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Assange Indictment Under Espionage Act First of Its Kind

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Assange Indictment Under Espionage Act First of Its Kind

For the first time in US history, a publisher of information has been indicted under the Espionage Act. Hours ago, the DOJ announced they were bringing 17 Espionage Act charges against WikiLeaks founder Julian Assange. This is in an addition to a previous charge of conspiring to crack a password to a DOD computer. All of these charges stem from WikiLeaks’s decision to publish information provided to it by whistleblower Chelsea Manning. This trove of documents contained information about US war crimes and general misconduct. In publishing these documents, WikiLeaks worked with a variety of international news outlets, including The New York Times, The Guardian, Der Spegel, Le Monde and Al Jazeera. There is little question that publishing this information was in the public interest.

Espionage Act prosecutions against whistleblowers who give information to the media used to be a rarity. However, during the administration of Barack Obama, this practice became the norm. The Trump Administration has further cemented our authoritarian new normal with their Espionage Act indictments against whistleblowers Reality Winner, Terry Albury, and Daniel Hale.

In spite of the unprecedented war on whistleblowers, the Obama administration declined to prosecute Assange under the Espionage act. Their reasoning for doing so was simple–such charges would be an erosion of press freedom. Charges have never been brought against a publisher under the Espionage Act, because it has long been accepted that such a move would be unconstitutional. As the New York Times explain:

Legal scholars believe that prosecuting reporters over their work would violate the First Amendment, but the prospect has not yet been tested in court because the government had never charged a journalist under the Espionage Act.

Though he is not a conventional journalist, much of what Mr. Assange does at WikiLeaks is difficult to distinguish in a legally meaningful way from what traditional news organizations like The New York Times do: seek and publish information that officials want to be secret, including classified national security matters, and take steps to protect the confidentiality of sources.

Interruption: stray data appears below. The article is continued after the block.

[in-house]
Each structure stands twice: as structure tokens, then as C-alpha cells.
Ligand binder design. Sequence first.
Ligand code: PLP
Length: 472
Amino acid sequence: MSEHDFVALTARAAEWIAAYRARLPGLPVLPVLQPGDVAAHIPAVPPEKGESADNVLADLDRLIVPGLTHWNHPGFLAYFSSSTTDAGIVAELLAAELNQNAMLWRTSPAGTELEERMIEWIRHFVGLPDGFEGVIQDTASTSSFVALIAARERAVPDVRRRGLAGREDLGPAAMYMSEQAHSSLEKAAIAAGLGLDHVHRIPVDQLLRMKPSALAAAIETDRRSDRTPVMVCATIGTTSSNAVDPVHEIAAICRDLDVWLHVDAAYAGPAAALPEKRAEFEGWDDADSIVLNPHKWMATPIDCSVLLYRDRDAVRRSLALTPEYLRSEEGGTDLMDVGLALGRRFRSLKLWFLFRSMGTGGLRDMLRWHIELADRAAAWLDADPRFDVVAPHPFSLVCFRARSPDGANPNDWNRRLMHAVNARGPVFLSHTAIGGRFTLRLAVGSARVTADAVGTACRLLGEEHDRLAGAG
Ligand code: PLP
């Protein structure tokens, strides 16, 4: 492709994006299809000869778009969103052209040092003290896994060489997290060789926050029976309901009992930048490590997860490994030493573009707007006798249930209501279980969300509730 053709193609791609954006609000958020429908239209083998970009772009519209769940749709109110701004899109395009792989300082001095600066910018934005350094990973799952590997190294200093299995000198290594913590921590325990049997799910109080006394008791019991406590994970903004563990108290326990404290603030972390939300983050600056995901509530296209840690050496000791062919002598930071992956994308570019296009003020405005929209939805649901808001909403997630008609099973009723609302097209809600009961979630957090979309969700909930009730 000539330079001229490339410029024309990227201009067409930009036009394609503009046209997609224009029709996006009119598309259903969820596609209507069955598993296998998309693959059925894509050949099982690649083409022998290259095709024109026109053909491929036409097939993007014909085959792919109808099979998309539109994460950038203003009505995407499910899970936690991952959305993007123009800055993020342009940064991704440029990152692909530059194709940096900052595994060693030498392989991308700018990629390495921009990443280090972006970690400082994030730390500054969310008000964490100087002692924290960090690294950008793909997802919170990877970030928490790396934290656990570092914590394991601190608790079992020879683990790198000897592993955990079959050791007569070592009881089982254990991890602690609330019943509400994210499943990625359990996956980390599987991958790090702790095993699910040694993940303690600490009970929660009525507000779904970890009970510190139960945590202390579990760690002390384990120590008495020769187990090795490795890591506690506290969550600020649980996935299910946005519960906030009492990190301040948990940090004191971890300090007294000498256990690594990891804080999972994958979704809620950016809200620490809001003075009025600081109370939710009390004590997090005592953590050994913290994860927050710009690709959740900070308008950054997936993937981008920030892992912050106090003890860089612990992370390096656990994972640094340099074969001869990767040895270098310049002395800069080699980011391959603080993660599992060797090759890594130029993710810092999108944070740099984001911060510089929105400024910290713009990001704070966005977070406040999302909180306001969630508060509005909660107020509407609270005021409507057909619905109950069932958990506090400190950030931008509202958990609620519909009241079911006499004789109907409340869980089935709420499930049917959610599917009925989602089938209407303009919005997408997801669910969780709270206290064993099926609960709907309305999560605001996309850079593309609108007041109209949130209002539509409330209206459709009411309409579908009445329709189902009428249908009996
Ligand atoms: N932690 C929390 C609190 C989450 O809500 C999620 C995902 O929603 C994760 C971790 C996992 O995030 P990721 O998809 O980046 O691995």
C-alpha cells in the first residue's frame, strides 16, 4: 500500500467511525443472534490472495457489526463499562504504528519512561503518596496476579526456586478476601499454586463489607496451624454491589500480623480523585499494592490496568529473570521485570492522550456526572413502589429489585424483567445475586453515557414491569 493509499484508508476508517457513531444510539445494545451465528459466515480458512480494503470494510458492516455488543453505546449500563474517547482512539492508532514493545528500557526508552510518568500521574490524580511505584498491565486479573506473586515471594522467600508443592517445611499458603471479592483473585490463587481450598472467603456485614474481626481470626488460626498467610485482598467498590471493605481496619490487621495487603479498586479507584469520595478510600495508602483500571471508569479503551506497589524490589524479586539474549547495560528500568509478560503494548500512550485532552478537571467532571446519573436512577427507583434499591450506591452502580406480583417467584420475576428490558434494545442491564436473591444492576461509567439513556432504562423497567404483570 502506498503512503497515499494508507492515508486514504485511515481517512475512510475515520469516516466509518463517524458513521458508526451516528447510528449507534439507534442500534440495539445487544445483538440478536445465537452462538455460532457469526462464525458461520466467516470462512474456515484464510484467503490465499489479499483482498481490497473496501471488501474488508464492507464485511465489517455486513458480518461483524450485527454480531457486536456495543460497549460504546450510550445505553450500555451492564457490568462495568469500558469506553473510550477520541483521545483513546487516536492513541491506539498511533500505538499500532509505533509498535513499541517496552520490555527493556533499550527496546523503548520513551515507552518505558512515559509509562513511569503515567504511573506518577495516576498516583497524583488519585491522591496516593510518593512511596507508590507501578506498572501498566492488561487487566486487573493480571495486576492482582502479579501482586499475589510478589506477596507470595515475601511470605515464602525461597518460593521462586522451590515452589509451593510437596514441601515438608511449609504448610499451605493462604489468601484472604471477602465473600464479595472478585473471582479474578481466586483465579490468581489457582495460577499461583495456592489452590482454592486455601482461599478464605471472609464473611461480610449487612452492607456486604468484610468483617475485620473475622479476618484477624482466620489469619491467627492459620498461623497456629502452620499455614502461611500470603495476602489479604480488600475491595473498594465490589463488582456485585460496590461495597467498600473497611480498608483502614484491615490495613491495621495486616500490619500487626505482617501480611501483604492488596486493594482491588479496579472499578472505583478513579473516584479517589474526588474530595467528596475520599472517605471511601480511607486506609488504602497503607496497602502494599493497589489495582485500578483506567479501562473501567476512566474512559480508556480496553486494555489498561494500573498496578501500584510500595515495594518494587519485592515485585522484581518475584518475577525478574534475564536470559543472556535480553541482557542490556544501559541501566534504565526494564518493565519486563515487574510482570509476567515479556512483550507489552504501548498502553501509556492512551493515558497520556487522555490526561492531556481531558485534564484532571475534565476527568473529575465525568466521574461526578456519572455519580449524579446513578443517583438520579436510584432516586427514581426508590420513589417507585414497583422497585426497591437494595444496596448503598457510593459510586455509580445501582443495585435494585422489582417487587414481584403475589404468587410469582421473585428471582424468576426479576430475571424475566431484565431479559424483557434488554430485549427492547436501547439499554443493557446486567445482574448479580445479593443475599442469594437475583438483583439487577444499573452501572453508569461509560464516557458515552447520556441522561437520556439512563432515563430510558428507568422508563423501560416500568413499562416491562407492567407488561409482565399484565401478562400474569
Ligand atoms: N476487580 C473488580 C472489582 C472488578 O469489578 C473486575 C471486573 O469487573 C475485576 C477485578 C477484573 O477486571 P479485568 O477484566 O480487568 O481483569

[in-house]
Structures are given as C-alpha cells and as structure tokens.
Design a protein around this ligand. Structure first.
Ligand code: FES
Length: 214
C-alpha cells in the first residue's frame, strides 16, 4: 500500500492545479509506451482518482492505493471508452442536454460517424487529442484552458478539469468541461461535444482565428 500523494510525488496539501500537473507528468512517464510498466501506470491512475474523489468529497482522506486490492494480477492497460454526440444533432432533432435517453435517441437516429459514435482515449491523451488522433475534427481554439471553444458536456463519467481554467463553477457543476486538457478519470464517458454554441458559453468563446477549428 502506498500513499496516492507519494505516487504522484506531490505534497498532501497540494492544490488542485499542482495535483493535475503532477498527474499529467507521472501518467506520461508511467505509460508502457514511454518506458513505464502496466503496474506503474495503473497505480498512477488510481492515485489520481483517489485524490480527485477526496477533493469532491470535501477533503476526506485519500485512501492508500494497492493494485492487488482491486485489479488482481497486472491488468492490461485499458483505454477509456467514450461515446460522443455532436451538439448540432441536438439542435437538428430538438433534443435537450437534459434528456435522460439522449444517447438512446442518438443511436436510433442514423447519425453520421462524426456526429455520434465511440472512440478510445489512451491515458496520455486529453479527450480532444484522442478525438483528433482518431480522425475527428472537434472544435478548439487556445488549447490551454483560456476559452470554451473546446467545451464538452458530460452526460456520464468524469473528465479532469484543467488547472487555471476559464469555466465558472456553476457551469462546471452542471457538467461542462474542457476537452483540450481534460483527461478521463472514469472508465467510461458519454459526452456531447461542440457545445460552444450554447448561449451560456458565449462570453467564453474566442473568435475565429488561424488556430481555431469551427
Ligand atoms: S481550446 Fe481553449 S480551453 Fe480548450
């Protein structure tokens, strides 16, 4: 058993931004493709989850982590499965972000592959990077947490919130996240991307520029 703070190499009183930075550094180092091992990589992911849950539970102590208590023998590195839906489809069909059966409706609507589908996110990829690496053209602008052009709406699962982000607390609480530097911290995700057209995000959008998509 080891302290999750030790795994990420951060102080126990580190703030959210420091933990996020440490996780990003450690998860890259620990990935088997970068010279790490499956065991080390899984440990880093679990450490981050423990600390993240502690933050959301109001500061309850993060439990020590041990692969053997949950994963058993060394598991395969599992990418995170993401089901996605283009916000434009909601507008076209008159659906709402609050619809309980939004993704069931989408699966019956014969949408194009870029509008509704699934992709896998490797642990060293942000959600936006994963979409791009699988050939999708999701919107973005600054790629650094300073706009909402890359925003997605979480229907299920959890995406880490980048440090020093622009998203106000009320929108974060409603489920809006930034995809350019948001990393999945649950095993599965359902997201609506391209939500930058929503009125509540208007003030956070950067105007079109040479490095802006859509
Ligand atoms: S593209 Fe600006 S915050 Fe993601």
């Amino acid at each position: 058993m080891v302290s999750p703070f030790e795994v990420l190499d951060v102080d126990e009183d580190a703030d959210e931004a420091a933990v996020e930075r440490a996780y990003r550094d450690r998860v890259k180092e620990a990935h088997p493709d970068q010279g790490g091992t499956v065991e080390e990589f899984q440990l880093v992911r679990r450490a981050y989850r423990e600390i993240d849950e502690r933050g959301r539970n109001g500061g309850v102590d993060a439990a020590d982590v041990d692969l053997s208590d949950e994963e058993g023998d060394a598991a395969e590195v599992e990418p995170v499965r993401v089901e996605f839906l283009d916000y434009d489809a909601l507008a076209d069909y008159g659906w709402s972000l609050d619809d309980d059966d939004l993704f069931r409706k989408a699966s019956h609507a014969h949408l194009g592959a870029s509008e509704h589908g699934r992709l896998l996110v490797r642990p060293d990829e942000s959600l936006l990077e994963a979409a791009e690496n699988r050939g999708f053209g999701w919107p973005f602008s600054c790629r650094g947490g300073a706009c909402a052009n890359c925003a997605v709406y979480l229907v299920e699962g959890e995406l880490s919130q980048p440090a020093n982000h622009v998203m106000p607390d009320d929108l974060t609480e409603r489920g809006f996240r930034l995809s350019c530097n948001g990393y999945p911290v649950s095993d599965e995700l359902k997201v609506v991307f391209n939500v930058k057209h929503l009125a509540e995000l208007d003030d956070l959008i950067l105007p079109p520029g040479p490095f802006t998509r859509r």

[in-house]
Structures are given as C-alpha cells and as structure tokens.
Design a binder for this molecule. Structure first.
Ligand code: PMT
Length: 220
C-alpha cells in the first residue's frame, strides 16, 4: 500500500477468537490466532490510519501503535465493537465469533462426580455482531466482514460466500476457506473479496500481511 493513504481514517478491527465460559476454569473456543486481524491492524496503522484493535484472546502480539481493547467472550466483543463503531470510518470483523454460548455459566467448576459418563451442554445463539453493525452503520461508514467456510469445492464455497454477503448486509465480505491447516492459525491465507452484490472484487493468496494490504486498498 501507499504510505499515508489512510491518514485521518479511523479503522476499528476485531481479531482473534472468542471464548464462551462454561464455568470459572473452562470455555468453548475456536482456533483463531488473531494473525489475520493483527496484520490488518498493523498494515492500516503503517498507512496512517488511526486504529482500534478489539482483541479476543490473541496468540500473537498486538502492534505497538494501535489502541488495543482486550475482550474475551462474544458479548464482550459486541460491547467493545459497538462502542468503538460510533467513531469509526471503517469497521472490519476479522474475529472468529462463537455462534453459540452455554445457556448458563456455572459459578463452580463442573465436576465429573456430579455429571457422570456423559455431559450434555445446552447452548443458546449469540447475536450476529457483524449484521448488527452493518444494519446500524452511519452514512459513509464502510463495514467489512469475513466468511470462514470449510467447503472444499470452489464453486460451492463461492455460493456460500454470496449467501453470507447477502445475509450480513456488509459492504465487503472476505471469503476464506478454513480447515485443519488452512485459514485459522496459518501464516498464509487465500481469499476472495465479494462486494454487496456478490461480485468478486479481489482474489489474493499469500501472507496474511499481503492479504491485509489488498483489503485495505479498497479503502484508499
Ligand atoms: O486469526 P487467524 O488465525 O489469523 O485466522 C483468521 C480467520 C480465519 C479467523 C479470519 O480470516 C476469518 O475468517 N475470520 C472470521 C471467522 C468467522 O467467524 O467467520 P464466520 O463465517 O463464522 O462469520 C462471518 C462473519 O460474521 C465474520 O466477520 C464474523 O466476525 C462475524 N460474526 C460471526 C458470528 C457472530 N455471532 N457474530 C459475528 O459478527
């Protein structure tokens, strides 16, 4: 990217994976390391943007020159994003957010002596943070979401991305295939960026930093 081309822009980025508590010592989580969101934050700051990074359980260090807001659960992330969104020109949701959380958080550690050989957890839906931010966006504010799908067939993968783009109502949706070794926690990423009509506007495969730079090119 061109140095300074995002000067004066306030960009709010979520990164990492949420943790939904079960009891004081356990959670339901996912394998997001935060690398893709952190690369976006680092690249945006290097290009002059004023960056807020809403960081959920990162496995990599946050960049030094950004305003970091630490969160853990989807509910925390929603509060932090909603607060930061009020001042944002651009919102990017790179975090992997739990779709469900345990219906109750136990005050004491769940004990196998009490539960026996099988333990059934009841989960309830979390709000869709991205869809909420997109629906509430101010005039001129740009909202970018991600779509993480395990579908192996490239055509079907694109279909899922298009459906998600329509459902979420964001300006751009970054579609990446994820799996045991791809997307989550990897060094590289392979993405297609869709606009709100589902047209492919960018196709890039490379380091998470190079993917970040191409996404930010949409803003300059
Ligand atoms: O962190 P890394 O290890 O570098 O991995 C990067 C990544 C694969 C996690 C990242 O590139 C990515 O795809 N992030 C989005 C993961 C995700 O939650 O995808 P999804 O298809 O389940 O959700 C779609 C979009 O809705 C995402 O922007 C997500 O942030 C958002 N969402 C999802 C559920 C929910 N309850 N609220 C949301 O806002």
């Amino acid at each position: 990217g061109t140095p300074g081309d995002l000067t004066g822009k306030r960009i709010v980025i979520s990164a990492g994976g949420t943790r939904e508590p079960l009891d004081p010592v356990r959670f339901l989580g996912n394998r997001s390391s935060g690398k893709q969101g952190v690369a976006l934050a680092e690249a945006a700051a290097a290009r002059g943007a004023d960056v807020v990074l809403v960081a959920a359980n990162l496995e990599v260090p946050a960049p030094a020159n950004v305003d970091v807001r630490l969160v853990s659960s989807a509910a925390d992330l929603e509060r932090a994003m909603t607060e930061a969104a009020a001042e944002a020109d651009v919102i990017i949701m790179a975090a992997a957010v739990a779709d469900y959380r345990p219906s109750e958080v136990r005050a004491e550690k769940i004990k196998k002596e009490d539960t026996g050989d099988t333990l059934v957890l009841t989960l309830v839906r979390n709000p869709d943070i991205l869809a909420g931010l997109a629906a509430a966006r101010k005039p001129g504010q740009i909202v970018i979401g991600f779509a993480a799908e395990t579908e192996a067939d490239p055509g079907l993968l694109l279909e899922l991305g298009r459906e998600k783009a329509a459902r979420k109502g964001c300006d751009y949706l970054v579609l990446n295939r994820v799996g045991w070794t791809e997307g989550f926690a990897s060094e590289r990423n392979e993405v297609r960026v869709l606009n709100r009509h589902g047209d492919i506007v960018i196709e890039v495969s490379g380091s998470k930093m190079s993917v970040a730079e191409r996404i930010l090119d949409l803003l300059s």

Writing in In These Times, Defending Rights & Dissent policy & legislative counsel Chip Gibbons explained what is at stake with the prosecution of WikiLeaks

The U.S. government has fought to keep secret its program of disappearances and torture, detention sites, and even what countries it bombs. But it isn’t just official secrecy that has helped obscure the nature of U.S. wars. Evidence of the human toll of U.S. wars isn’t hard to find.  It’s certainly not a secret to those in other countries who live it daily. But for much of the mainstream U.S. media, there is little if any true reckoning with the civilian cost of war. WikiLeaks is currently in the crosshairs of the U.S. government, because it challenged this secrecy head on. Its fate will impact all those who wish to shine light on the U.S. empire.

Today’s indictments against Assange are both an unprecedented attack on press freedom and an attempt to silence those who would expose US governmental misconduct.

For further background on what WikiLeaks published, why the government is after them, and why it matters please read:

Chip Gibbons, “The Crackdown on Chelsea Manning and Julian Assange Is About Protecting U.S. Empire,” In These Times

Chip Gibbons, “Let Chelsea Go,” Jacobin 

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